Alana Wise and David Shepardson
(Reuters) - The U.S. Department of Transportation on Wednesday said it was conducting an audit of the Federal Aviation Administration's maintenance oversight of American Airlines and Allegiant Air, a budget carrier whose safety standards have come under scrutiny.
"Our objectives now are to assess FAA's processes for investigating allegations of improper maintenance practices at two carriers, Allegiant Airlines and American Airlines," the department's inspector general's office wrote in a memo.
The memo followed a recent CBS "60 Minutes" report that questioned Allegiant's safety standards and the FAA's oversight of the airline. U.S. Senator Bill Nelson of Florida called for an investigation in the wake of the report.
"The traveling public deserves to know the whole story when it comes to the FAA’s oversight of airline maintenance," Nelson said in a statement. "I expect the inspector general to leave no stone unturned."
It was not immediately clear why the Department of Transportation was focusing on American Airlines. Neither American Airlines nor Allegiant was immediately available for comment.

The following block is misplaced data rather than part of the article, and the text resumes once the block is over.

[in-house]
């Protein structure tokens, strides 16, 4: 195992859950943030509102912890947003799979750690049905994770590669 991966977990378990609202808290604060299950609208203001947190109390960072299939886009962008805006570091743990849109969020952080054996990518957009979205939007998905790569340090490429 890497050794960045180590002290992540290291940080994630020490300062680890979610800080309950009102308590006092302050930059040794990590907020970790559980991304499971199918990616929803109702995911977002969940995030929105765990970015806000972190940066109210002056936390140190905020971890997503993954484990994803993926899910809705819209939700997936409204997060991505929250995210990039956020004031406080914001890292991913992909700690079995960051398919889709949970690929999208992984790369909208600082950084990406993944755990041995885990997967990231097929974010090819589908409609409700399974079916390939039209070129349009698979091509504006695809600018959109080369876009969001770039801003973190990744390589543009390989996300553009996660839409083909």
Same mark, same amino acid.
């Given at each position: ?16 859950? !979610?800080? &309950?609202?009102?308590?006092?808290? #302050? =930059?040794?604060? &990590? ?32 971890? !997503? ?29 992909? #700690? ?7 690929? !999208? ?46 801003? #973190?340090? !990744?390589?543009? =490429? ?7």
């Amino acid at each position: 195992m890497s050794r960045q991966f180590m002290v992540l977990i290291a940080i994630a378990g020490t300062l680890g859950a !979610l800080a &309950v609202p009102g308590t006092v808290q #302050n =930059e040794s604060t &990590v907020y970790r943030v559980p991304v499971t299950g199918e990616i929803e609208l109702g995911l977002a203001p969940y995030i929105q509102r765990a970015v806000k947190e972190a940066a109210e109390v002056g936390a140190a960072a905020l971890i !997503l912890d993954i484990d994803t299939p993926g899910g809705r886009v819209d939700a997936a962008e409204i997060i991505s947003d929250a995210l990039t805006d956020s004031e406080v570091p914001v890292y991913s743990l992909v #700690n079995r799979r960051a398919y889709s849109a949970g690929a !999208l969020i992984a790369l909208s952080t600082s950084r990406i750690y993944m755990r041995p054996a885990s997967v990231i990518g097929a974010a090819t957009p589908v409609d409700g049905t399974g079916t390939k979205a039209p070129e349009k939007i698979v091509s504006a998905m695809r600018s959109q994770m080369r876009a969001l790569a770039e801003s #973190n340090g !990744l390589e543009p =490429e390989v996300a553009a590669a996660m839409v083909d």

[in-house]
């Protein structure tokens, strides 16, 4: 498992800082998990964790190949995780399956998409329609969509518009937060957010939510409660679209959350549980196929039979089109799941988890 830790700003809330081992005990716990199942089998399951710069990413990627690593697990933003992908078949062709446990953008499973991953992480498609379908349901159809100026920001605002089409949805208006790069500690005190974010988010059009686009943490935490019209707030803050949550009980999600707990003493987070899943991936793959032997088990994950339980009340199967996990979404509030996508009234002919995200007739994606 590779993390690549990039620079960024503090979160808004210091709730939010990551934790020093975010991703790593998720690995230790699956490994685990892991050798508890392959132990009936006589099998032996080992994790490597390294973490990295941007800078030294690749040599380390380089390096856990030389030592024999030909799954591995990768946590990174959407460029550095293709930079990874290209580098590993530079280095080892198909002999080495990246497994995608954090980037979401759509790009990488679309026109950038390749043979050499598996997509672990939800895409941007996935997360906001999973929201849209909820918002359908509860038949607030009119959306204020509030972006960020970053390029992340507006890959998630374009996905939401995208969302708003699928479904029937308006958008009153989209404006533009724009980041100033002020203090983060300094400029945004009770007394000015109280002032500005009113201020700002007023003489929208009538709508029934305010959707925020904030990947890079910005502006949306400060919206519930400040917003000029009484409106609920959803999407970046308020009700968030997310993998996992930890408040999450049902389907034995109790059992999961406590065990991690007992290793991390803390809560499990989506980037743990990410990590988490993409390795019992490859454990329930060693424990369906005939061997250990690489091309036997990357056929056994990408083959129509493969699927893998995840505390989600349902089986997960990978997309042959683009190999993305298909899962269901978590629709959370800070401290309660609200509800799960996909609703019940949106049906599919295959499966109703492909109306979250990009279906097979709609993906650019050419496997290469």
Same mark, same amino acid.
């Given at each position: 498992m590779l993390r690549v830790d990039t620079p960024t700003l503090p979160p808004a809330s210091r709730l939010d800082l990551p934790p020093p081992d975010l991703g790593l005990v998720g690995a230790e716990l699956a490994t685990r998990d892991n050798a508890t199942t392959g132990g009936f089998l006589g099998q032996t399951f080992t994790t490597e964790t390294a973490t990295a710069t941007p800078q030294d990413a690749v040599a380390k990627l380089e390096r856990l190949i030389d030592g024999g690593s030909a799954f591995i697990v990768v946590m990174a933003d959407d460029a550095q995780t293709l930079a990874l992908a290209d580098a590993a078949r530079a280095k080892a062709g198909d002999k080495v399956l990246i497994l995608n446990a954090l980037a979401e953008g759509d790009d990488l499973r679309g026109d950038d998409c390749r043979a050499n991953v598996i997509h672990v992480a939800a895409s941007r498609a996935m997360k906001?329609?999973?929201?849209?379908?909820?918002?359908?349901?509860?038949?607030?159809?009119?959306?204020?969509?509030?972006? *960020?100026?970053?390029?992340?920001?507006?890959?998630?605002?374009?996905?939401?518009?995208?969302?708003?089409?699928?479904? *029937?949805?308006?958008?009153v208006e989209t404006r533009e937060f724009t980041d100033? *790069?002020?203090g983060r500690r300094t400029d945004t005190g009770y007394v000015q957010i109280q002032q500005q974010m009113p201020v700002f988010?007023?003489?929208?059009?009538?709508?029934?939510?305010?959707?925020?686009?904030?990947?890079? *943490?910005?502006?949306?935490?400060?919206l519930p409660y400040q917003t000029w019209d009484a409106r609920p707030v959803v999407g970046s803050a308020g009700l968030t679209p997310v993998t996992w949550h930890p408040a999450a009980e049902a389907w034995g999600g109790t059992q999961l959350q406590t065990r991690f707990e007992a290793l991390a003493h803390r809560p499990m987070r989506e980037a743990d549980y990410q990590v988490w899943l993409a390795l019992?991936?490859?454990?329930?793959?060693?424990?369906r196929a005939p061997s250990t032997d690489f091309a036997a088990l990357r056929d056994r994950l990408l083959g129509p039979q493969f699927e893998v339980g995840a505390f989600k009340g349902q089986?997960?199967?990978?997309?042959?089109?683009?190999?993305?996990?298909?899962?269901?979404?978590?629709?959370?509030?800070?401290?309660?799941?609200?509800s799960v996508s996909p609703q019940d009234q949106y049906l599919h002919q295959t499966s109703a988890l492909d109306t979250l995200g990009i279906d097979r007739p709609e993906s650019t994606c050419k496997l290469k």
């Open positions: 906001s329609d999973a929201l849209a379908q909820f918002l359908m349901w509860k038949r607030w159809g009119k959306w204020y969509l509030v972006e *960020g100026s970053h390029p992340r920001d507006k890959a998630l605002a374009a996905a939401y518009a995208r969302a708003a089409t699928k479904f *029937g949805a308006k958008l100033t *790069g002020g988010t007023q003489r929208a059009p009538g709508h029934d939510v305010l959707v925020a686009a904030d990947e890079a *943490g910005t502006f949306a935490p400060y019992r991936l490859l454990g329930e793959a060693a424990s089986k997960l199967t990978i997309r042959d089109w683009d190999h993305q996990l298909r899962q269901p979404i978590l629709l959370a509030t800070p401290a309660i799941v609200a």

The FAA said it will work with the inspector general. After the "60 Minutes" report the FAA said: "The commercial aviation system in the United States operates at an unprecedented level of safety.
The FAA has zero tolerance for intentional, reckless behavior, flagrant violations, or refusal to cooperate in corrective action by air carriers. When warranted, the agency routinely takes legal enforcement action against violators."
Shares of Allegiant were down 3.23 percent in midday trading. American's share price slipped 2.2 percent, extending a 19.11 percent year-to-date decline.
(Reporting by Alana Wise and David Shepardson; Editing by Paul Simao and Bill Trott)
Link to the Senate document…